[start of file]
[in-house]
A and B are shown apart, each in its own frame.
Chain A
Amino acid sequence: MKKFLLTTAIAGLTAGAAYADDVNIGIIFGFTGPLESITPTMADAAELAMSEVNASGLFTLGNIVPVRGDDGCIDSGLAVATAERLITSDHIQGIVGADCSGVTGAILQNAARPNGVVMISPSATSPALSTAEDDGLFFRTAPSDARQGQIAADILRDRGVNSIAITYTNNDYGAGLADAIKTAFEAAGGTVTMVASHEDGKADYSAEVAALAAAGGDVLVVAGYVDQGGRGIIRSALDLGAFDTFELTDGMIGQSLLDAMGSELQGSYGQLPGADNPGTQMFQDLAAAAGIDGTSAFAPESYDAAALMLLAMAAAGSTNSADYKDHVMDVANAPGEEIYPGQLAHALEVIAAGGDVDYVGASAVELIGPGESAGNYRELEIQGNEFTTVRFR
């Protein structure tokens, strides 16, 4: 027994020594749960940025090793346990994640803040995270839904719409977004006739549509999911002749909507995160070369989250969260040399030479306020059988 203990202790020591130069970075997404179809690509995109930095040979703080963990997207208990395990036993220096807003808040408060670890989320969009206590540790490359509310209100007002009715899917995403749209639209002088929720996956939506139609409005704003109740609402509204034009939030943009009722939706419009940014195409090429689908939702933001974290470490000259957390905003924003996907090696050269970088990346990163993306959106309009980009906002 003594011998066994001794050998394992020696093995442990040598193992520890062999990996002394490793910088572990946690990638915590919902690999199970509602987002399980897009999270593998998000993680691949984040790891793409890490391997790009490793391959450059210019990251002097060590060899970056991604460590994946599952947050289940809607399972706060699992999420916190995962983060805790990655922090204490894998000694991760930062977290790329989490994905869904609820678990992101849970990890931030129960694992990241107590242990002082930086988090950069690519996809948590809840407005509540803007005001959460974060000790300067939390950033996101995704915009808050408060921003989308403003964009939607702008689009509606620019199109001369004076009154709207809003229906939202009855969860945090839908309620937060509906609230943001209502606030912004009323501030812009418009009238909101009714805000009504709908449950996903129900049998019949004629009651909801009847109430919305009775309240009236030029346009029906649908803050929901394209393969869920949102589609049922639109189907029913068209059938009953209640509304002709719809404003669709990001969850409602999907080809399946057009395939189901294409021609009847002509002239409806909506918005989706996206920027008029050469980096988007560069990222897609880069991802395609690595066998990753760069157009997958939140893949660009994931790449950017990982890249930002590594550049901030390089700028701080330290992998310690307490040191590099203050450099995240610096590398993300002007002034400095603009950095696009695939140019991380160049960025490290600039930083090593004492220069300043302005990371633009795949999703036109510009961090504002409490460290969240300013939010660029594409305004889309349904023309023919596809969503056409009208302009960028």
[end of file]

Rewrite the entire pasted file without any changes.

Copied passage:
[in-house]
A and B are shown apart, each in its own frame.
Chain A
Amino acid sequence: MKKFLLTTAIAGLTAGAAYADDVNIGIIFGFTGPLESITPTMADAAELAMSEVNASGLFTLGNIVPVRGDDGCIDSGLAVATAERLITSDHIQGIVGADCSGVTGAILQNAARPNGVVMISPSATSPALSTAEDDGLFFRTAPSDARQGQIAADILRDRGVNSIAITYTNNDYGAGLADAIKTAFEAAGGTVTMVASHEDGKADYSAEVAALAAAGGDVLVVAGYVDQGGRGIIRSALDLGAFDTFELTDGMIGQSLLDAMGSELQGSYGQLPGADNPGTQMFQDLAAAAGIDGTSAFAPESYDAAALMLLAMAAAGSTNSADYKDHVMDVANAPGEEIYPGQLAHALEVIAAGGDVDYVGASAVELIGPGESAGNYRELEIQGNEFTTVRFR
């Protein structure tokens, strides 16, 4: 027994020594749960940025090793346990994640803040995270839904719409977004006739549509999911002749909507995160070369989250969260040399030479306020059988 203990202790020591130069970075997404179809690509995109930095040979703080963990997207208990395990036993220096807003808040408060670890989320969009206590540790490359509310209100007002009715899917995403749209639209002088929720996956939506139609409005704003109740609402509204034009939030943009009722939706419009940014195409090429689908939702933001974290470490000259957390905003924003996907090696050269970088990346990163993306959106309009980009906002 003594011998066994001794050998394992020696093995442990040598193992520890062999990996002394490793910088572990946690990638915590919902690999199970509602987002399980897009999270593998998000993680691949984040790891793409890490391997790009490793391959450059210019990251002097060590060899970056991604460590994946599952947050289940809607399972706060699992999420916190995962983060805790990655922090204490894998000694991760930062977290790329989490994905869904609820678990992101849970990890931030129960694992990241107590242990002082930086988090950069690519996809948590809840407005509540803007005001959460974060000790300067939390950033996101995704915009808050408060921003989308403003964009939607702008689009509606620019199109001369004076009154709207809003229906939202009855969860945090839908309620937060509906609230943001209502606030912004009323501030812009418009009238909101009714805000009504709908449950996903129900049998019949004629009651909801009847109430919305009775309240009236030029346009029906649908803050929901394209393969869920949102589609049922639109189907029913068209059938009953209640509304002709719809404003669709990001969850409602999907080809399946057009395939189901294409021609009847002509002239409806909506918005989706996206920027008029050469980096988007560069990222897609880069991802395609690595066998990753760069157009997958939140893949660009994931790449950017990982890249930002590594550049901030390089700028701080330290992998310690307490040191590099203050450099995240610096590398993300002007002034400095603009950095696009695939140019991380160049960025490290600039930083090593004492220069300043302005990371633009795949999703036109510009961090504002409490460290969240300013939010660029594409305004889309349904023309023919596809969503056409009208302009960028």